Gone Outdoors

Best Spider Wire Fishing Knots

by Maria Tussing

A fishing line is only as strong as the knot that holds your hook to it. The wrong knot can lead to a trophy fish swimming off with your lure and your pride. Spiderline makes both monofilament (one stranded line) and braided fishing line. Some of Spiderline's monofilaments are smaller in diameter than other brands of the same test (amount of weight the line can hold without breaking). A few knots are recommended by the customer service at Spiderline.

Palomar Knot

The Palomar knot is recommended for Spiderwire UltraCast and Spiderwire Stealth lines. Spiderwire customer service also recommends this knot for Spiderwire Super Mono EZ and XXX if it is over 17 lb test. The Palomar knot is generally known to be strong and reliable. It is fairly simple to learn and "is a knot which can be tied in the dark," according to animatedknots.com. The only drawback with this knot is that the lure must be passed through the loop in the line, which can be awkward or difficult if your lure is very large. If you don't make the loop large enough, you will have to start over.

Trilene Knot

Spiderwire recommends the Trilene knot for Spiderwire Super Mono EZ and XXX that is less than 17 lb. test. The Trilene knot is a strong, reliable knot that is most suited for joining fishing line to hooks and lures. A double-wrap of line through the eye of the hook adds strength and helps retain the line strength. When you trim the end of the line after tying this knot, leave around 1/8 inch of line to make sure the line doesn't pull out of the knot.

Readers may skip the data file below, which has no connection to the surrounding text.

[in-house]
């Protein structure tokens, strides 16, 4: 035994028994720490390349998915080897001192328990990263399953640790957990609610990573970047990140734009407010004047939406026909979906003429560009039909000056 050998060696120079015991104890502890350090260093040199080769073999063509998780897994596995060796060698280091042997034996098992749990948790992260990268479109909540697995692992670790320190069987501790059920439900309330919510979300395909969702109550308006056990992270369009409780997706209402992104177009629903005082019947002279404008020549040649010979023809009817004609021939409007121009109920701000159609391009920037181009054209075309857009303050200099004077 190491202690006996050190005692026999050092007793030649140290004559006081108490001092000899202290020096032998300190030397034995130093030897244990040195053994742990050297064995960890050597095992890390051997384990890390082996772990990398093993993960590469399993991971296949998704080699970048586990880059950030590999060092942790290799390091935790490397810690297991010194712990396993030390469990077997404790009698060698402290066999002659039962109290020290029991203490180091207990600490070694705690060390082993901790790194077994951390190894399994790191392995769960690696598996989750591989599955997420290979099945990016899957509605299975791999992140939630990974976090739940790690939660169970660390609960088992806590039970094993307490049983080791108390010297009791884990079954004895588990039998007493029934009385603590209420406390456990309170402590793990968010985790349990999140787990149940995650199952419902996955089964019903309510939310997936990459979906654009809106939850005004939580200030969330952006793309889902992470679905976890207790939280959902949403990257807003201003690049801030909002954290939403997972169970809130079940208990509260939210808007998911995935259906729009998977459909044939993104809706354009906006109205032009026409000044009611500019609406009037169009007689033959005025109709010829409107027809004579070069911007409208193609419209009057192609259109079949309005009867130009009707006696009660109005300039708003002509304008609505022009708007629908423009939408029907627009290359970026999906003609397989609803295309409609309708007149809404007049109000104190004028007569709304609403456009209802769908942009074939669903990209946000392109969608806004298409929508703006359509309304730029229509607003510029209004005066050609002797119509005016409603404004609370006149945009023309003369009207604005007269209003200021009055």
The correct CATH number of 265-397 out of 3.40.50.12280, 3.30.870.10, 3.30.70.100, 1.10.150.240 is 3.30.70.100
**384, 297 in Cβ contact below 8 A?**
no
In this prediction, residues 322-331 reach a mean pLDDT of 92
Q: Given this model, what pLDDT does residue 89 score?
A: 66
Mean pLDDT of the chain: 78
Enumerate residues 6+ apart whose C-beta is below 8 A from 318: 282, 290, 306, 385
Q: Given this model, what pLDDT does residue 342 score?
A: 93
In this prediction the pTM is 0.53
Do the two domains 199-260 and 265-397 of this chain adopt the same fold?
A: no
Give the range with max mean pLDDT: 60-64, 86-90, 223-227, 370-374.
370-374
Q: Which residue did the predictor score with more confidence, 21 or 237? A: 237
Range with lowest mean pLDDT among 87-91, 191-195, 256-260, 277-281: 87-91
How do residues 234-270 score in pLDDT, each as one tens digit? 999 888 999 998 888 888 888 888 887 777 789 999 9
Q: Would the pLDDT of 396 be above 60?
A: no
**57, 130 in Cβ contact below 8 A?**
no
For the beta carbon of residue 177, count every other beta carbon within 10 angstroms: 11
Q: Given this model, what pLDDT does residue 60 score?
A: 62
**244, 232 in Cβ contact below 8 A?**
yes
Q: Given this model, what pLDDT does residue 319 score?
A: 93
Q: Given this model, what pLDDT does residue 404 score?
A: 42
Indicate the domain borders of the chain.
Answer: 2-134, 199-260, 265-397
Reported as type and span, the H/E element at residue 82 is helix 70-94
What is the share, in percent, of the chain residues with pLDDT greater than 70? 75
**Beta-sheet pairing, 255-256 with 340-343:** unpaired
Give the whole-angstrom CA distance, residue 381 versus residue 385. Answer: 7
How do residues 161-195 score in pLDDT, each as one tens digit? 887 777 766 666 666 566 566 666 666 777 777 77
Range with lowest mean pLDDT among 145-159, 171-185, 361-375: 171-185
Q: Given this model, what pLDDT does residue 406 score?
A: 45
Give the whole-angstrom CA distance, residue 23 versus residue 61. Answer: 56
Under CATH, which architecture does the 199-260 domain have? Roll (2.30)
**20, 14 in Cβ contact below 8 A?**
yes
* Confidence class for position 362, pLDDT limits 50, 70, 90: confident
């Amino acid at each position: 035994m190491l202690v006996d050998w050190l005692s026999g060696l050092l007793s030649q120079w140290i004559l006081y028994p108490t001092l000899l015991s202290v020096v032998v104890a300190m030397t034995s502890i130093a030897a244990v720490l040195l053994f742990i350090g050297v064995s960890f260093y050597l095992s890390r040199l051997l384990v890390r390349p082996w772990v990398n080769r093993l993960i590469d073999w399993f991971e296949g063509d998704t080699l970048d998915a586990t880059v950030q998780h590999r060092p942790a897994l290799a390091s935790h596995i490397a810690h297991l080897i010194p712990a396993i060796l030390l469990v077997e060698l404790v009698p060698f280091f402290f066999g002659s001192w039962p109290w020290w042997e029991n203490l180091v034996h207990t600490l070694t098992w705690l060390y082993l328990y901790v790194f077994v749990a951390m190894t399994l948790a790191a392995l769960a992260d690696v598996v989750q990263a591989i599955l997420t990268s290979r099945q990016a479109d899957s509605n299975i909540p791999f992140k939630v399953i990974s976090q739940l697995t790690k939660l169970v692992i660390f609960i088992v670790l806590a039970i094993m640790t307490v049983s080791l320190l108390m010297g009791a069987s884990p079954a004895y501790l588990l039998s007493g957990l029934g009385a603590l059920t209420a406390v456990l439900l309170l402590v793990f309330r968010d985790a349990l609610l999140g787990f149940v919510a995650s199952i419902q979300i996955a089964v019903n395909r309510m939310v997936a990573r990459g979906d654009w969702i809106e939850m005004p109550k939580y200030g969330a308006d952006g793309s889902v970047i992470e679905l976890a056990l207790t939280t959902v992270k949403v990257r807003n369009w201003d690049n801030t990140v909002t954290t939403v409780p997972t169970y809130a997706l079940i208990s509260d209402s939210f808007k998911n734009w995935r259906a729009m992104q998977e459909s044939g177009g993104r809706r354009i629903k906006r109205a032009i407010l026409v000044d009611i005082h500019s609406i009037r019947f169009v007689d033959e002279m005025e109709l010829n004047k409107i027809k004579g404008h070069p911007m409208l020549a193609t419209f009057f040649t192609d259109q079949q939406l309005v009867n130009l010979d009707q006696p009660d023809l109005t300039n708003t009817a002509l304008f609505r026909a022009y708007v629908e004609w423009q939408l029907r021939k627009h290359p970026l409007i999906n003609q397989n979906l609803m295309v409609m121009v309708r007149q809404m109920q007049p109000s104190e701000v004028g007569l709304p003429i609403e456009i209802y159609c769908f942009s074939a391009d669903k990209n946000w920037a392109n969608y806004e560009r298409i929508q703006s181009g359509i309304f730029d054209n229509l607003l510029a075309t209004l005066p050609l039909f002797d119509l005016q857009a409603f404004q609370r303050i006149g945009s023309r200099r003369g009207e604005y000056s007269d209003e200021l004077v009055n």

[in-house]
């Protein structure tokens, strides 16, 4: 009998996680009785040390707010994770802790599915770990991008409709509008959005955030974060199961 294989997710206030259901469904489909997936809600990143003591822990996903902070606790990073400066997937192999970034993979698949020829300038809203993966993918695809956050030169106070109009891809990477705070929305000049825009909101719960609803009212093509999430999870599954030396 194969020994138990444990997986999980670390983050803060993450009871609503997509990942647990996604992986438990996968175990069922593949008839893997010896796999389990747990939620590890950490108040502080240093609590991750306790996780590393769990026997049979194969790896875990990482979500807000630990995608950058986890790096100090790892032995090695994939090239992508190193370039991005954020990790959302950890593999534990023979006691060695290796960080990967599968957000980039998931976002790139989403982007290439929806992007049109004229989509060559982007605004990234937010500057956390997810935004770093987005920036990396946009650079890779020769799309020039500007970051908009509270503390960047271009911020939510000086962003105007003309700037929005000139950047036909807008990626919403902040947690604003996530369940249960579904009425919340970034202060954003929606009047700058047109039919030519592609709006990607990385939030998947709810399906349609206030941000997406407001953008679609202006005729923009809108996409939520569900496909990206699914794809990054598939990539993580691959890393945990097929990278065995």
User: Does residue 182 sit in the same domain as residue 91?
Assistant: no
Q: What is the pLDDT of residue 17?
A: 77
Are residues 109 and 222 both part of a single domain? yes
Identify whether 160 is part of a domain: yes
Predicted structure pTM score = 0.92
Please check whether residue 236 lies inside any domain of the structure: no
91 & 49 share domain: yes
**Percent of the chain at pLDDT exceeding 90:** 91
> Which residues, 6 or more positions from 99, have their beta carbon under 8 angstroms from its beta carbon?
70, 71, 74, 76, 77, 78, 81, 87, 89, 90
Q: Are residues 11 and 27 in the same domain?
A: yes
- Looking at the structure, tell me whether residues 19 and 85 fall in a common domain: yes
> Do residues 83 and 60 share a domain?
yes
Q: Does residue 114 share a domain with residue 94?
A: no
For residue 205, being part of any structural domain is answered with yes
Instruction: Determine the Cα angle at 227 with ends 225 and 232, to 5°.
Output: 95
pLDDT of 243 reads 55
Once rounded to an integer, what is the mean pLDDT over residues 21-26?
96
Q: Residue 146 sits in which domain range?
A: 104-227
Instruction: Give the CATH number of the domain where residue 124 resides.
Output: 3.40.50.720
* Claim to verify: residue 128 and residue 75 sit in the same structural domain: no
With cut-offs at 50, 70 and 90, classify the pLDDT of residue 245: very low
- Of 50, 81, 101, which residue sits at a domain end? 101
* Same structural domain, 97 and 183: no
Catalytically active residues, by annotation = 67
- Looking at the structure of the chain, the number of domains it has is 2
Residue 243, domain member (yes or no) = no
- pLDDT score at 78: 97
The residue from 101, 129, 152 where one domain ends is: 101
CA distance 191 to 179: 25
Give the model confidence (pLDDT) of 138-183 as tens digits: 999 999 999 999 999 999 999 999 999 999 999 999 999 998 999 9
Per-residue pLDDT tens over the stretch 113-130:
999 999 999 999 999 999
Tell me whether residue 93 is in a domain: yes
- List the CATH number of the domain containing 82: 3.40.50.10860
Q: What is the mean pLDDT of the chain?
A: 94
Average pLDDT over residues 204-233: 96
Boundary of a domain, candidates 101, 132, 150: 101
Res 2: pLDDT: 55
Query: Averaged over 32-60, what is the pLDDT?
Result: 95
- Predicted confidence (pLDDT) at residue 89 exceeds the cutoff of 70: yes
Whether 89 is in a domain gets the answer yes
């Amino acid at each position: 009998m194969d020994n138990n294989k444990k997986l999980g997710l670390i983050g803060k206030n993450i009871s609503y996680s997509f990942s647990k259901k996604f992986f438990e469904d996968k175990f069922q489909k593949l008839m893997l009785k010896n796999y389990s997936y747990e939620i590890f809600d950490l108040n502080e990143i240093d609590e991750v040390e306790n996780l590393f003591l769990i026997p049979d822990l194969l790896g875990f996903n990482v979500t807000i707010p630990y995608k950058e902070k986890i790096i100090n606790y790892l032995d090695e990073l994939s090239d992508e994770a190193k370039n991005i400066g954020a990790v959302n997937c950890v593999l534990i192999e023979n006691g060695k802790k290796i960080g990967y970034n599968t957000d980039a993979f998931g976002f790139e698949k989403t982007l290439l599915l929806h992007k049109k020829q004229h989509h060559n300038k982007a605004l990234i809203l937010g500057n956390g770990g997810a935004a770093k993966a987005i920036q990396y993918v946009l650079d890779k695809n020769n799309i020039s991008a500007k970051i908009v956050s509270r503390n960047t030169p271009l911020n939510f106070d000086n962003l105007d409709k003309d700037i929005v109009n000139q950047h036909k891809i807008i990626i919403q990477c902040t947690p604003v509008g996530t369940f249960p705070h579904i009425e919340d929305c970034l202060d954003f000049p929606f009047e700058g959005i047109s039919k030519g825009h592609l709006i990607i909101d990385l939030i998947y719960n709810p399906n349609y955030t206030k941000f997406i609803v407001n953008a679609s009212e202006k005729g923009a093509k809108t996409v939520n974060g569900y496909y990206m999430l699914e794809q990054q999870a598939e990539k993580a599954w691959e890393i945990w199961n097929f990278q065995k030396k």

Arbor Knot

Use the arbor knot to attach the line to the fishing reel, or "arbor." Braided Spiderline has been known to slip on the reel, so wrapping the line twice around the reel before tying the knot can help, as can putting on several feet of monofilament, then tying the Spiderline to the monofilament. This is a simple knot that is essential to know for tying your line to your reel securely.

References

About the Author

A freelancer from South Dakota, Maria Tussing has been writing since 2000. She has been published in "Family Fish & Game," "Wondertime," "Today's Horse" and "Cattle Business Weekly," among other publications. Tussing holds a Bachelor of Science in journalism from Chadron State College.

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